Dana A. Shea
Specialist in Science and Technology Policy
The Department of Homeland Security (DHS) has statutory authority to regulate chemical facilities for security purposes. The 113th Congress extended this authority through January 15, 2014. Congressional policymakers have debated the scope and details of reauthorization and continue to consider establishing an authority with longer duration. Some Members of Congress support an extension, either short- or long-term, of the existing authority. Other Members call for revision and more extensive codification of chemical facility security regulatory provisions. Questions regarding the current law’s effectiveness in reducing chemical facility risk and the sufficiency of federal chemical facility security efforts exacerbate the tension between continuing current policies and changing the statutory authority.
Congressional policymakers have questioned DHS’s effectiveness in implementing the authorized regulations, called chemical facility anti-terrorism standards (CFATS). The DHS finalized CFATS regulations in 2007. Since then, 348 chemical facilities have been approved in the CFATS process, which starts with information submission by chemical facilities and finishes with inspection and approval of facility security measures by DHS. Several factors, including the amount of detailed information provided to DHS, the effectiveness of DHS program management, and the availability of CFATS inspectors, likely complicate the inspection process and lead to delays in inspection. Policymakers have questioned whether the compliance rate with CFATS is sufficient to mitigate this homeland security risk.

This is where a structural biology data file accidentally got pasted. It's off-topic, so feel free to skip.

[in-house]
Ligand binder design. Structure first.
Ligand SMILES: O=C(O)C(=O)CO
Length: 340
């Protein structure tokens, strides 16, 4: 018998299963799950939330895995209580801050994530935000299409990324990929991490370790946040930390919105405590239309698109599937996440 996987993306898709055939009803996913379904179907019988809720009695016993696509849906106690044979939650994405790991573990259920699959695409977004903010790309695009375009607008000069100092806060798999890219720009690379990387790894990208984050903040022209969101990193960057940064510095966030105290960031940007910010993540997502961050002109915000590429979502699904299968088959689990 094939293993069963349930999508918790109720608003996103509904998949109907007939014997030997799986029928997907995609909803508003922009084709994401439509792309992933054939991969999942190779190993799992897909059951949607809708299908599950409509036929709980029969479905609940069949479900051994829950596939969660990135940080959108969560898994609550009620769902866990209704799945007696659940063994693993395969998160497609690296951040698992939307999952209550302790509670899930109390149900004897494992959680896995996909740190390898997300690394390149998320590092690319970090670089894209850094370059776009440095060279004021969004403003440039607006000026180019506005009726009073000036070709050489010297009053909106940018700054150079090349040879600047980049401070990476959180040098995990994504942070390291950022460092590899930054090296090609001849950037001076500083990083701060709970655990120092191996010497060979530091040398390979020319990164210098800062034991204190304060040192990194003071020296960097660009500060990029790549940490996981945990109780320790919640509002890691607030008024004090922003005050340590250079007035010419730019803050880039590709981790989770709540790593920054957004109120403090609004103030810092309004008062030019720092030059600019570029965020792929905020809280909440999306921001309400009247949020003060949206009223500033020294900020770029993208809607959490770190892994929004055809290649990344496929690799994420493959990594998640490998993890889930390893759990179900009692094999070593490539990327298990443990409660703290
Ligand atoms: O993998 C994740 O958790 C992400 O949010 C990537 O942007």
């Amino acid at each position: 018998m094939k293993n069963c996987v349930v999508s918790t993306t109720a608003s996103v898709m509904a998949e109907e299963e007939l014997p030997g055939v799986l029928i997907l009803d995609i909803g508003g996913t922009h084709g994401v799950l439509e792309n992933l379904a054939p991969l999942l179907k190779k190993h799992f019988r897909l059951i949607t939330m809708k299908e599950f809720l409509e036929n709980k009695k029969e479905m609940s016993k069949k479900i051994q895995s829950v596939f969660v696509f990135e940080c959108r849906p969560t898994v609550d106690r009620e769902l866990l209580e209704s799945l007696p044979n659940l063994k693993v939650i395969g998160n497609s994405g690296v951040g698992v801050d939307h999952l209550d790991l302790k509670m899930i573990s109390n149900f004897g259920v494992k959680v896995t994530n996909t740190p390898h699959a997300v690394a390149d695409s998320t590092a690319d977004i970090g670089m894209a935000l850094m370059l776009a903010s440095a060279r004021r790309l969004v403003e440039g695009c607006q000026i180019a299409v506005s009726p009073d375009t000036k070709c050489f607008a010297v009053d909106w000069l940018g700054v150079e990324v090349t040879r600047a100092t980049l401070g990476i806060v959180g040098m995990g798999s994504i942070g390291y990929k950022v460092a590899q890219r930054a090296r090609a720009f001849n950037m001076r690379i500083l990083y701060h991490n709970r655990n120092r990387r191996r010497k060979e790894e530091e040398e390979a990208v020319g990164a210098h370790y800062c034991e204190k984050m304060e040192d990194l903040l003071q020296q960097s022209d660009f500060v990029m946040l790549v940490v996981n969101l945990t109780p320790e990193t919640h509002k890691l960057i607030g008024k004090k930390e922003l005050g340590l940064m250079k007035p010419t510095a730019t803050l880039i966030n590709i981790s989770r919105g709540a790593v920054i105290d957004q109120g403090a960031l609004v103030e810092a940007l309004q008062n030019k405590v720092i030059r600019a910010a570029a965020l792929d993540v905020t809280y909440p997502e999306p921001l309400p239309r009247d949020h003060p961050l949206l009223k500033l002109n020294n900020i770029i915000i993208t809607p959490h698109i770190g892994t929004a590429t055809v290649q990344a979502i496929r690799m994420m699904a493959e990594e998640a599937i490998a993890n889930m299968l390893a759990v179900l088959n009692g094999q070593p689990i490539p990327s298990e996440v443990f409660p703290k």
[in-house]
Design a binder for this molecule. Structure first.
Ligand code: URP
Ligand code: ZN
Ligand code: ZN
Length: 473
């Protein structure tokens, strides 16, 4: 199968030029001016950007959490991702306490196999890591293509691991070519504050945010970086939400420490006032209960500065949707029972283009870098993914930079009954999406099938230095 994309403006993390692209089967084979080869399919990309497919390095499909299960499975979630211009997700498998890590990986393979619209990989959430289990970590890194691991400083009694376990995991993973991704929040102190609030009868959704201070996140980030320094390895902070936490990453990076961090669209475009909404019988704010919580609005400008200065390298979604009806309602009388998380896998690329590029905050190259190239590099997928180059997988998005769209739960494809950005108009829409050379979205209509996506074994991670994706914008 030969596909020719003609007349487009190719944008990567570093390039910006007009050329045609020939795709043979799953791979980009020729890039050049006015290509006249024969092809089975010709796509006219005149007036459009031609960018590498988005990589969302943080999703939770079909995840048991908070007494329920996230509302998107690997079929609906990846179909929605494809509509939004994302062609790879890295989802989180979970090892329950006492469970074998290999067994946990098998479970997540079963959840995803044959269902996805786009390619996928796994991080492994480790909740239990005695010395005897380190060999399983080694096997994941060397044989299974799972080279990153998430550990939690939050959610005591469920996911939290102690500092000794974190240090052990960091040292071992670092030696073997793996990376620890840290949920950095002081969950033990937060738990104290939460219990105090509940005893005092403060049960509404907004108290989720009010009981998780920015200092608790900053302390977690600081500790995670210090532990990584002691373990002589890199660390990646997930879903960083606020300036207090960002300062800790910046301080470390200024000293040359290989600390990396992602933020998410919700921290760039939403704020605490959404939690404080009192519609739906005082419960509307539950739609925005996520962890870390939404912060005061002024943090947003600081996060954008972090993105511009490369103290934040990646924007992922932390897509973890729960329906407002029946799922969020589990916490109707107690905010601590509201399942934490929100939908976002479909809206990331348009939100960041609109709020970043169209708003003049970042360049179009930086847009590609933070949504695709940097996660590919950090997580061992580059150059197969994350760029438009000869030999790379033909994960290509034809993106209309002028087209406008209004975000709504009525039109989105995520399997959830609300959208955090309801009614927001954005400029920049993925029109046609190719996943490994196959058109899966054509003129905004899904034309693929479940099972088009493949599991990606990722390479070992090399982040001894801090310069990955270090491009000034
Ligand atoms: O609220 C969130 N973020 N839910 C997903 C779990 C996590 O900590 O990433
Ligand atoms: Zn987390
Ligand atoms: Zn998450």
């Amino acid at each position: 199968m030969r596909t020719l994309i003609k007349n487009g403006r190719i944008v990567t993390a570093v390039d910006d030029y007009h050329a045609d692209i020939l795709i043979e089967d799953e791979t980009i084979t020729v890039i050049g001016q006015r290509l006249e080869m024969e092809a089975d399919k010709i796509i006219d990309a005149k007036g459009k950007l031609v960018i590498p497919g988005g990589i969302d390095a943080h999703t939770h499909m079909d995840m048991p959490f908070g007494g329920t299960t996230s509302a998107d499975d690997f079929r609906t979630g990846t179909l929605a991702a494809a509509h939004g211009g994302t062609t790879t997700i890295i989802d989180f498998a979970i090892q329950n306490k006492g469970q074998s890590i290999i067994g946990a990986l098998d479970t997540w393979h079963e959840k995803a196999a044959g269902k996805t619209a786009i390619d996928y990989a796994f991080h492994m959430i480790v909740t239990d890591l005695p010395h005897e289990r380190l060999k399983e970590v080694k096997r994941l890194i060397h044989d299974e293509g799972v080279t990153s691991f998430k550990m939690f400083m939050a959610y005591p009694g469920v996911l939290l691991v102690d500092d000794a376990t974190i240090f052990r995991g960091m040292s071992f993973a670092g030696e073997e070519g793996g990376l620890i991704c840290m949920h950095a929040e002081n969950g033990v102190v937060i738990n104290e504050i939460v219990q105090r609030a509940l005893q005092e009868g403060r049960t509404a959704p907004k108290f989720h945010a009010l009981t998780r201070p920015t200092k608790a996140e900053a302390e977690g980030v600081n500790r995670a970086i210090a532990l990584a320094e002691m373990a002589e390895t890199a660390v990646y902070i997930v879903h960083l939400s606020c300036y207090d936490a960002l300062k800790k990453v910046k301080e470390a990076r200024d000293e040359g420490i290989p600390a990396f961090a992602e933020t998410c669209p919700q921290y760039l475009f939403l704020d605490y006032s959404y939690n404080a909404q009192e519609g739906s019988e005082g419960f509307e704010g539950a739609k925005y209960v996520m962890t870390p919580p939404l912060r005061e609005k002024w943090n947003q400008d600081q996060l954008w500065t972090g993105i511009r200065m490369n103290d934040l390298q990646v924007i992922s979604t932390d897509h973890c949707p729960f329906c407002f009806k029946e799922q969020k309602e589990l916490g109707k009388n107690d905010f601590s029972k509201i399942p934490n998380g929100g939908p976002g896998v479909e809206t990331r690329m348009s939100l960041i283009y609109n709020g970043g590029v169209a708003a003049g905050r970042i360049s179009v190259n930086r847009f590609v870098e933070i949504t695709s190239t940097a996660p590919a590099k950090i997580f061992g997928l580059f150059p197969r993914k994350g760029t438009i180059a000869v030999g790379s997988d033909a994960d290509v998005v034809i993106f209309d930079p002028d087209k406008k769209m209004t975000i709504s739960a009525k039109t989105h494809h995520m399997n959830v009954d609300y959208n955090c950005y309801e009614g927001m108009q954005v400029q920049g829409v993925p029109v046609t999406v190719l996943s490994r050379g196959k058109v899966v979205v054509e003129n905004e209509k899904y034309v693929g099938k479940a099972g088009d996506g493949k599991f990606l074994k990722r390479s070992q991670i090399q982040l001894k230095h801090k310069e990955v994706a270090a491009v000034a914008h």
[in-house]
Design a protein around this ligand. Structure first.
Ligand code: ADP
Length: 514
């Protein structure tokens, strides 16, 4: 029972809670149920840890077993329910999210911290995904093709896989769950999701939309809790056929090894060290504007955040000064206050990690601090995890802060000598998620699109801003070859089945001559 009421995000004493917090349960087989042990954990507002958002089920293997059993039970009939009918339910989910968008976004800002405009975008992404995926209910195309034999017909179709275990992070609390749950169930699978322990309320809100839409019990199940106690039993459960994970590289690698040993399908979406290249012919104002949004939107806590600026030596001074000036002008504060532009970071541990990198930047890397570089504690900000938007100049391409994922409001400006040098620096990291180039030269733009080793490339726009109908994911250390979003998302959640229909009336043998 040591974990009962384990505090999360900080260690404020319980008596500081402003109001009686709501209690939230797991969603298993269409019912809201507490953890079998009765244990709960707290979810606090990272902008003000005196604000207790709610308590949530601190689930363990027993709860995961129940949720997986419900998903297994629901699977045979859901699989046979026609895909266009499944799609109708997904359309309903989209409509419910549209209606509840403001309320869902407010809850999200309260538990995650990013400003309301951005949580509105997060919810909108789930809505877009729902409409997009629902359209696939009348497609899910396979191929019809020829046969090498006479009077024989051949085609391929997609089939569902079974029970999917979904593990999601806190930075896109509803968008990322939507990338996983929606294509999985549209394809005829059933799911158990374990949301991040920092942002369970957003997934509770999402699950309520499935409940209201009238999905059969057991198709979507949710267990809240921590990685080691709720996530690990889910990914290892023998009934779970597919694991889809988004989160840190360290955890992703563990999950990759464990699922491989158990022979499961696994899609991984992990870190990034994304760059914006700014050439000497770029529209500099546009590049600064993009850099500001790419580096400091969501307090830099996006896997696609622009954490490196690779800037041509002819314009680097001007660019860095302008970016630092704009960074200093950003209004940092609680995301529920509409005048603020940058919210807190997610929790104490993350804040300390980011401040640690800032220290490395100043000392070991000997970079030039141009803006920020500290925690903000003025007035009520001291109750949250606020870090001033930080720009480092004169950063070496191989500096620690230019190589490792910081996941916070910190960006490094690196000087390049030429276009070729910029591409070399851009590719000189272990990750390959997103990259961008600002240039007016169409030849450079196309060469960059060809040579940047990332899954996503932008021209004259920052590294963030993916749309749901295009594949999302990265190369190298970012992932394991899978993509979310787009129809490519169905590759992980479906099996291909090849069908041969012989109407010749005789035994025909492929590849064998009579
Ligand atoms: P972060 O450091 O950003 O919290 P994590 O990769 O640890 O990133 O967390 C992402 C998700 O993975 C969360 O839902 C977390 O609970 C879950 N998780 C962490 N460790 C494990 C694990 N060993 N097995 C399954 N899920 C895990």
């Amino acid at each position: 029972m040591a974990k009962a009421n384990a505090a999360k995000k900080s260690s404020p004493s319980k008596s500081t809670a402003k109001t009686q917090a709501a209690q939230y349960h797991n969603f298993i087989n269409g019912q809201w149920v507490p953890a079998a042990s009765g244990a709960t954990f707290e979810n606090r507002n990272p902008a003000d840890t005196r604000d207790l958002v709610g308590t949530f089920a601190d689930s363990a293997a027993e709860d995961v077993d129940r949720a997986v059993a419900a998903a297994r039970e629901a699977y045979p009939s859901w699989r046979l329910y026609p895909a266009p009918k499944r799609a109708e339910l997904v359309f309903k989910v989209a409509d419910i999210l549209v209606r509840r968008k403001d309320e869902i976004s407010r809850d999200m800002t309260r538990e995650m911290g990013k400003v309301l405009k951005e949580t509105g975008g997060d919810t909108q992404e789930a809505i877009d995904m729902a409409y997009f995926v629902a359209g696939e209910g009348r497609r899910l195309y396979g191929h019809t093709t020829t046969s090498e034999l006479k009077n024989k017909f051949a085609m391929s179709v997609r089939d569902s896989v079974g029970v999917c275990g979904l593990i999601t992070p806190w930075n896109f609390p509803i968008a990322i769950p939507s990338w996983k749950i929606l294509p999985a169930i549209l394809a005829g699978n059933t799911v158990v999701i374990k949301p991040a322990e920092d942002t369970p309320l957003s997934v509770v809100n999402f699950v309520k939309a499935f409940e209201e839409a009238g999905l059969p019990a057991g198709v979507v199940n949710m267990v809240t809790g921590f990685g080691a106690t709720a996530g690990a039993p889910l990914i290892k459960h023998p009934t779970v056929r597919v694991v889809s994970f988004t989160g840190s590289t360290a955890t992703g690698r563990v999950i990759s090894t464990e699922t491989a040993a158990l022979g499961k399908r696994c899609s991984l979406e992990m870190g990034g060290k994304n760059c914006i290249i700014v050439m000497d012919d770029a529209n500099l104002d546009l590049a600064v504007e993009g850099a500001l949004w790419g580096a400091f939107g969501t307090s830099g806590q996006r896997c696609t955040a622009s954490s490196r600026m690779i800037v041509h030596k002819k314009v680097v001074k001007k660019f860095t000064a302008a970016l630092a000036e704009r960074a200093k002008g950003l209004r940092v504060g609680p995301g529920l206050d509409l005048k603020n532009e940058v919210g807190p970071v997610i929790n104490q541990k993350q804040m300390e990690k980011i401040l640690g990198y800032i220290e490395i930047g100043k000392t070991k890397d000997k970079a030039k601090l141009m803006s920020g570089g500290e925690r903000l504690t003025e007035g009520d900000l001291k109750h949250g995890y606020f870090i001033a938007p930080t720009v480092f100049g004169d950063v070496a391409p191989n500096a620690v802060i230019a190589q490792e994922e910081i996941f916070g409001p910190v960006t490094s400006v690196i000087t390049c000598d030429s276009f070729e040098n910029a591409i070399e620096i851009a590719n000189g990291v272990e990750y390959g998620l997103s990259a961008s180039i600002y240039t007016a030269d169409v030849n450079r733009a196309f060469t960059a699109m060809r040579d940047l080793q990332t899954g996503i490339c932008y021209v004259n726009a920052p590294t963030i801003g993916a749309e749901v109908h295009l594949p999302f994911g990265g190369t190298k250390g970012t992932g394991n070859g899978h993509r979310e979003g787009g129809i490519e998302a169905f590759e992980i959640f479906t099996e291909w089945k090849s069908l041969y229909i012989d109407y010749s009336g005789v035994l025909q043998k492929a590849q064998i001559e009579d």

Key policy issues debated in previous Congresses contribute to the current reauthorization debate. These issues include the adequacy of DHS resources and efforts; the appropriateness and scope of federal preemption of state chemical facility security activities; the availability of information for public comment, potential litigation, and congressional oversight; the range of chemical facilities identified by DHS; and the ability of inherently safer technologies to achieve security goals.
The 113th Congress might take various approaches to this issue. Congress might allow the statutory authority to expire but continue providing appropriations to administer the regulations. Congress might permanently or temporarily extend the statutory authority to observe the impact of the current regulations and, if necessary, address any perceived weaknesses at a later date. Congress might codify the existing regulations in statute and reduce the discretion available to the Secretary of Homeland Security to change the current regulatory framework. Alternatively, Congress might substantively change the current regulation’s implementation, scope, or impact by amending the existing statute or creating a new one. Finally, Congress might choose to terminate the program by allowing its authority to lapse and removing funding for the program. This would leave regulation of chemical facility security to state and local governments.
Date of Report: November 15, 2013
Number of Pages: 46
Order Number: R42918
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